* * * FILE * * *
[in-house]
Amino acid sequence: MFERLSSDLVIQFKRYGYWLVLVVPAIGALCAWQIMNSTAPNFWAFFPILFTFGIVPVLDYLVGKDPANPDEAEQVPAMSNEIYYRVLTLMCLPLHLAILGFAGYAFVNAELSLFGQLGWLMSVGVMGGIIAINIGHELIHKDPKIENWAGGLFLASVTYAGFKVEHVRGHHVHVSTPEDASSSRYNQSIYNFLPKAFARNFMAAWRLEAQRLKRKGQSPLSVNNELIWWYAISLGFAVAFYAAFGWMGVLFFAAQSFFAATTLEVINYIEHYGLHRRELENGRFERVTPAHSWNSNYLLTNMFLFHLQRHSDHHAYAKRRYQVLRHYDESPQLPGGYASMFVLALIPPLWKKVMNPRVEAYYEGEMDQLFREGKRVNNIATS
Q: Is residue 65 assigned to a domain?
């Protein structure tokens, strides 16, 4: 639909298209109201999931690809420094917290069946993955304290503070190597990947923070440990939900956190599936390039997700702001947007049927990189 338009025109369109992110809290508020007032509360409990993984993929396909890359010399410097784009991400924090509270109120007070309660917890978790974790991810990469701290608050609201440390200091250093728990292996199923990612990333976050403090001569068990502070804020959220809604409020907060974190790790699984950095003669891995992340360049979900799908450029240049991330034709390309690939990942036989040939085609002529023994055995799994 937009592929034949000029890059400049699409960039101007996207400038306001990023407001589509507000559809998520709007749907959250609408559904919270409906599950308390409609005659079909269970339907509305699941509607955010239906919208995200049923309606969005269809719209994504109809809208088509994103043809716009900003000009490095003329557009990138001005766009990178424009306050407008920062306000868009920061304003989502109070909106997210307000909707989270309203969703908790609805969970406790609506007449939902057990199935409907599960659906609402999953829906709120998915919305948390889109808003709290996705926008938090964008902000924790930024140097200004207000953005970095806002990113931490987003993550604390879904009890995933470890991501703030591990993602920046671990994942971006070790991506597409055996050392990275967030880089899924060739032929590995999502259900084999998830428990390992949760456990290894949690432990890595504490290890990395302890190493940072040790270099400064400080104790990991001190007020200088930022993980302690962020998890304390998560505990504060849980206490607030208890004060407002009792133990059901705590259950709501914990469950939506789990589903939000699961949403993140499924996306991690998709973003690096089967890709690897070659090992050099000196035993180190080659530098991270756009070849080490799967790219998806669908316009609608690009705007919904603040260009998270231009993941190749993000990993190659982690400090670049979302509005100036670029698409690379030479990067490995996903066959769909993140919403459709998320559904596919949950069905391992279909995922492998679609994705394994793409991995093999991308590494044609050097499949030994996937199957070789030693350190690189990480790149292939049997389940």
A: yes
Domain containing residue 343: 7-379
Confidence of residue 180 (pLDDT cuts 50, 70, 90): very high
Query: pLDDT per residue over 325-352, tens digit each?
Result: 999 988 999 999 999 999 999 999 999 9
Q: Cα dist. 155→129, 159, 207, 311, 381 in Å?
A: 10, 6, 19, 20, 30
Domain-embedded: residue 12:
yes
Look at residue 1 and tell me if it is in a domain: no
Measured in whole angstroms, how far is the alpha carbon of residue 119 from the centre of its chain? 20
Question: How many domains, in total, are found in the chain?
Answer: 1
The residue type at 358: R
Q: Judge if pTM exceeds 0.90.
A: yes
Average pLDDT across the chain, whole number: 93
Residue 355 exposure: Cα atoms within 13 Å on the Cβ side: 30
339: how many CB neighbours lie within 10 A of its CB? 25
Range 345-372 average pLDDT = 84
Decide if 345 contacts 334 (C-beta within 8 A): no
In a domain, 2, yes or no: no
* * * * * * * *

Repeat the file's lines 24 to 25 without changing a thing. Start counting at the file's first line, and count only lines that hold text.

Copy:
Range 345-372 average pLDDT = 84
Decide if 345 contacts 334 (C-beta within 8 A): no